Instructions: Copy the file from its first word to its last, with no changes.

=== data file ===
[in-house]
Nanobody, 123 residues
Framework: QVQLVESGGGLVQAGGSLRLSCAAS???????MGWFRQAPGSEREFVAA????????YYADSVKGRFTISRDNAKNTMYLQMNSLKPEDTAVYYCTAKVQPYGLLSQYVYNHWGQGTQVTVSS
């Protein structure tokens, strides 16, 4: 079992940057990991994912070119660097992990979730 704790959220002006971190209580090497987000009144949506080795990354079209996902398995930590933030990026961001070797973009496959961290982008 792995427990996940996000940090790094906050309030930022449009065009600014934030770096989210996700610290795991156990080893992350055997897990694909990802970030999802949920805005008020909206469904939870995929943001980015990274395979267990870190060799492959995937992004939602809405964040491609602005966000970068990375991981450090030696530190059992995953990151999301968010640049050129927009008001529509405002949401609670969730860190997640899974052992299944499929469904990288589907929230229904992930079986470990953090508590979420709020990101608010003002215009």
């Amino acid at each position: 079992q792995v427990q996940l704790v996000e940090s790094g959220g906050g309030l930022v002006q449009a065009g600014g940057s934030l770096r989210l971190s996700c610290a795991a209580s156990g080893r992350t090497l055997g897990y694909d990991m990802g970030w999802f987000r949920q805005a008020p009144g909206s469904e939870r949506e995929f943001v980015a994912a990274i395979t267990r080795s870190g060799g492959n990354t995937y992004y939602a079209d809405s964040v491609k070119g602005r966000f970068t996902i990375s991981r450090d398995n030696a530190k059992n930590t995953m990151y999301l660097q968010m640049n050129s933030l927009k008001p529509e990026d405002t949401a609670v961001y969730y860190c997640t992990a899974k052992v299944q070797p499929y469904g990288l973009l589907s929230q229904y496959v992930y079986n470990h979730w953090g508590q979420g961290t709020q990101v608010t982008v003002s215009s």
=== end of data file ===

[in-house]
Nanobody, 123 residues
Framework: QVQLVESGGGLVQAGGSLRLSCAAS???????MGWFRQAPGSEREFVAA????????YYADSVKGRFTISRDNAKNTMYLQMNSLKPEDTAVYYCTAKVQPYGLLSQYVYNHWGQGTQVTVSS
């Protein structure tokens, strides 16, 4: 079992940057990991994912070119660097992990979730 704790959220002006971190209580090497987000009144949506080795990354079209996902398995930590933030990026961001070797973009496959961290982008 792995427990996940996000940090790094906050309030930022449009065009600014934030770096989210996700610290795991156990080893992350055997897990694909990802970030999802949920805005008020909206469904939870995929943001980015990274395979267990870190060799492959995937992004939602809405964040491609602005966000970068990375991981450090030696530190059992995953990151999301968010640049050129927009008001529509405002949401609670969730860190997640899974052992299944499929469904990288589907929230229904992930079986470990953090508590979420709020990101608010003002215009």
């Amino acid at each position: 079992q792995v427990q996940l704790v996000e940090s790094g959220g906050g309030l930022v002006q449009a065009g600014g940057s934030l770096r989210l971190s996700c610290a795991a209580s156990g080893r992350t090497l055997g897990y694909d990991m990802g970030w999802f987000r949920q805005a008020p009144g909206s469904e939870r949506e995929f943001v980015a994912a990274i395979t267990r080795s870190g060799g492959n990354t995937y992004y939602a079209d809405s964040v491609k070119g602005r966000f970068t996902i990375s991981r450090d398995n030696a530190k059992n930590t995953m990151y999301l660097q968010m640049n050129s933030l927009k008001p529509e990026d405002t949401a609670v961001y969730y860190c997640t992990a899974k052992v299944q070797p499929y469904g990288l973009l589907s929230q229904y496959v992930y079986n470990h979730w953090g508590q979420g961290t709020q990101v608010t982008v003002s215009s």